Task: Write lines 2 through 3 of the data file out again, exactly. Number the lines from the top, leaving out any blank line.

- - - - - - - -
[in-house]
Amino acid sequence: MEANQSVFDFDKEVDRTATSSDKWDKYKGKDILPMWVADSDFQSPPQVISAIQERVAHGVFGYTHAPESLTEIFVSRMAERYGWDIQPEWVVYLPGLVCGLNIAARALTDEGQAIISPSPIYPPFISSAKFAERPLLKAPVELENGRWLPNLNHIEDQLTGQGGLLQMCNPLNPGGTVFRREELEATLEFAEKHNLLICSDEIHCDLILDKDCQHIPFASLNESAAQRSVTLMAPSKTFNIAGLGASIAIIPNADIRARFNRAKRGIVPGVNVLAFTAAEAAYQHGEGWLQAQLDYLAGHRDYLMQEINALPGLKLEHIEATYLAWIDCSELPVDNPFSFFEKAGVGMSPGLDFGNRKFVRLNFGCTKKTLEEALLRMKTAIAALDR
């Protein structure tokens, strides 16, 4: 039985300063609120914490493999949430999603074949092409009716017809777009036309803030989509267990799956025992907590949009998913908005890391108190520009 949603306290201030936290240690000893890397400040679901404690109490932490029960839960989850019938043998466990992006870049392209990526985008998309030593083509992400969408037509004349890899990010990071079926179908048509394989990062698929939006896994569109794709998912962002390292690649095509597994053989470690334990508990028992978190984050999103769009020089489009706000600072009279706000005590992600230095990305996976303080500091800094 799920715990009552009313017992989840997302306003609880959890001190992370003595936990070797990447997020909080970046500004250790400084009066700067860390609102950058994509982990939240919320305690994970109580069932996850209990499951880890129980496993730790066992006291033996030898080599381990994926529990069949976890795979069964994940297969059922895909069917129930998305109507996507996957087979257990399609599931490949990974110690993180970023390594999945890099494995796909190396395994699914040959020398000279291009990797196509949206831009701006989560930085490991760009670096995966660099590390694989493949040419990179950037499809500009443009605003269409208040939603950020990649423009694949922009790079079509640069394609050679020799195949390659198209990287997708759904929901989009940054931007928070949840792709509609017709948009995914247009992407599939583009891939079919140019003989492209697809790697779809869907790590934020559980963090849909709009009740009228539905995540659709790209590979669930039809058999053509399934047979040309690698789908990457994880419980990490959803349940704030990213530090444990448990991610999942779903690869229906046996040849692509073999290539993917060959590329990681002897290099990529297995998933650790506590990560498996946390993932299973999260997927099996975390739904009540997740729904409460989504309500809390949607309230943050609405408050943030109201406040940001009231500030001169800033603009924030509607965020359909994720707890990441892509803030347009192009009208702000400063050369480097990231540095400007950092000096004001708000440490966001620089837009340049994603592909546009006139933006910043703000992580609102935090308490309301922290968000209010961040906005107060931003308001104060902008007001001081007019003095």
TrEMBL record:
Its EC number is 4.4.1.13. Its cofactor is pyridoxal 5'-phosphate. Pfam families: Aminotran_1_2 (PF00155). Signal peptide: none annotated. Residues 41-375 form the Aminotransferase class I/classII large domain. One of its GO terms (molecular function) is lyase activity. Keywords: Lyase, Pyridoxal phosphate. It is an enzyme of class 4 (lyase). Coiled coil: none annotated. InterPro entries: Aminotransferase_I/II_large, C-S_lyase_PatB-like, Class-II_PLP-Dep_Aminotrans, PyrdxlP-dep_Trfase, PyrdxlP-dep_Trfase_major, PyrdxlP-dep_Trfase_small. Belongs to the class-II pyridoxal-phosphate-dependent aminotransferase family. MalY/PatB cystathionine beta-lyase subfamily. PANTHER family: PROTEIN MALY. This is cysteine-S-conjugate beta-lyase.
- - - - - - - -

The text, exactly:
Amino acid sequence: MEANQSVFDFDKEVDRTATSSDKWDKYKGKDILPMWVADSDFQSPPQVISAIQERVAHGVFGYTHAPESLTEIFVSRMAERYGWDIQPEWVVYLPGLVCGLNIAARALTDEGQAIISPSPIYPPFISSAKFAERPLLKAPVELENGRWLPNLNHIEDQLTGQGGLLQMCNPLNPGGTVFRREELEATLEFAEKHNLLICSDEIHCDLILDKDCQHIPFASLNESAAQRSVTLMAPSKTFNIAGLGASIAIIPNADIRARFNRAKRGIVPGVNVLAFTAAEAAYQHGEGWLQAQLDYLAGHRDYLMQEINALPGLKLEHIEATYLAWIDCSELPVDNPFSFFEKAGVGMSPGLDFGNRKFVRLNFGCTKKTLEEALLRMKTAIAALDR
């Protein structure tokens, strides 16, 4: 039985300063609120914490493999949430999603074949092409009716017809777009036309803030989509267990799956025992907590949009998913908005890391108190520009 949603306290201030936290240690000893890397400040679901404690109490932490029960839960989850019938043998466990992006870049392209990526985008998309030593083509992400969408037509004349890899990010990071079926179908048509394989990062698929939006896994569109794709998912962002390292690649095509597994053989470690334990508990028992978190984050999103769009020089489009706000600072009279706000005590992600230095990305996976303080500091800094 799920715990009552009313017992989840997302306003609880959890001190992370003595936990070797990447997020909080970046500004250790400084009066700067860390609102950058994509982990939240919320305690994970109580069932996850209990499951880890129980496993730790066992006291033996030898080599381990994926529990069949976890795979069964994940297969059922895909069917129930998305109507996507996957087979257990399609599931490949990974110690993180970023390594999945890099494995796909190396395994699914040959020398000279291009990797196509949206831009701006989560930085490991760009670096995966660099590390694989493949040419990179950037499809500009443009605003269409208040939603950020990649423009694949922009790079079509640069394609050679020799195949390659198209990287997708759904929901989009940054931007928070949840792709509609017709948009995914247009992407599939583009891939079919140019003989492209697809790697779809869907790590934020559980963090849909709009009740009228539905995540659709790209590979669930039809058999053509399934047979040309690698789908990457994880419980990490959803349940704030990213530090444990448990991610999942779903690869229906046996040849692509073999290539993917060959590329990681002897290099990529297995998933650790506590990560498996946390993932299973999260997927099996975390739904009540997740729904409460989504309500809390949607309230943050609405408050943030109201406040940001009231500030001169800033603009924030509607965020359909994720707890990441892509803030347009192009009208702000400063050369480097990231540095400007950092000096004001708000440490966001620089837009340049994603592909546009006139933006910043703000992580609102935090308490309301922290968000209010961040906005107060931003308001104060902008007001001081007019003095």